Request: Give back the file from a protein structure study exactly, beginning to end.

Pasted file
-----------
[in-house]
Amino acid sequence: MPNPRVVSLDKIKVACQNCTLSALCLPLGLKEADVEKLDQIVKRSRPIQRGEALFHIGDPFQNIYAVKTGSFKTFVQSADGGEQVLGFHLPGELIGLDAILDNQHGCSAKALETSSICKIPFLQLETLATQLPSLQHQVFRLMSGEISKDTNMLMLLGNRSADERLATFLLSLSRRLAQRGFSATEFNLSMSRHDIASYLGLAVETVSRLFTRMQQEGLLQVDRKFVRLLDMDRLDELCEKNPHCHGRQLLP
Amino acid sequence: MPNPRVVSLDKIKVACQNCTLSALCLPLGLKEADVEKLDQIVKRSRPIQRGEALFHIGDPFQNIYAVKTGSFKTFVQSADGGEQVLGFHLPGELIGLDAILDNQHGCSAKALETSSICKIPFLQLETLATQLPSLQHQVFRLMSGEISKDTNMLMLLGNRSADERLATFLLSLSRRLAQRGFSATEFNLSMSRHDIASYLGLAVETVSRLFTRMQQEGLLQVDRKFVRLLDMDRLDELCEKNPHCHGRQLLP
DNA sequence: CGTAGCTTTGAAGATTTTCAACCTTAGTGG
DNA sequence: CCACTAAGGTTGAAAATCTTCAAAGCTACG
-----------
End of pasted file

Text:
[in-house]
Amino acid sequence: MPNPRVVSLDKIKVACQNCTLSALCLPLGLKEADVEKLDQIVKRSRPIQRGEALFHIGDPFQNIYAVKTGSFKTFVQSADGGEQVLGFHLPGELIGLDAILDNQHGCSAKALETSSICKIPFLQLETLATQLPSLQHQVFRLMSGEISKDTNMLMLLGNRSADERLATFLLSLSRRLAQRGFSATEFNLSMSRHDIASYLGLAVETVSRLFTRMQQEGLLQVDRKFVRLLDMDRLDELCEKNPHCHGRQLLP
Amino acid sequence: MPNPRVVSLDKIKVACQNCTLSALCLPLGLKEADVEKLDQIVKRSRPIQRGEALFHIGDPFQNIYAVKTGSFKTFVQSADGGEQVLGFHLPGELIGLDAILDNQHGCSAKALETSSICKIPFLQLETLATQLPSLQHQVFRLMSGEISKDTNMLMLLGNRSADERLATFLLSLSRRLAQRGFSATEFNLSMSRHDIASYLGLAVETVSRLFTRMQQEGLLQVDRKFVRLLDMDRLDELCEKNPHCHGRQLLP
DNA sequence: CGTAGCTTTGAAGATTTTCAACCTTAGTGG
DNA sequence: CCACTAAGGTTGAAAATCTTCAAAGCTACG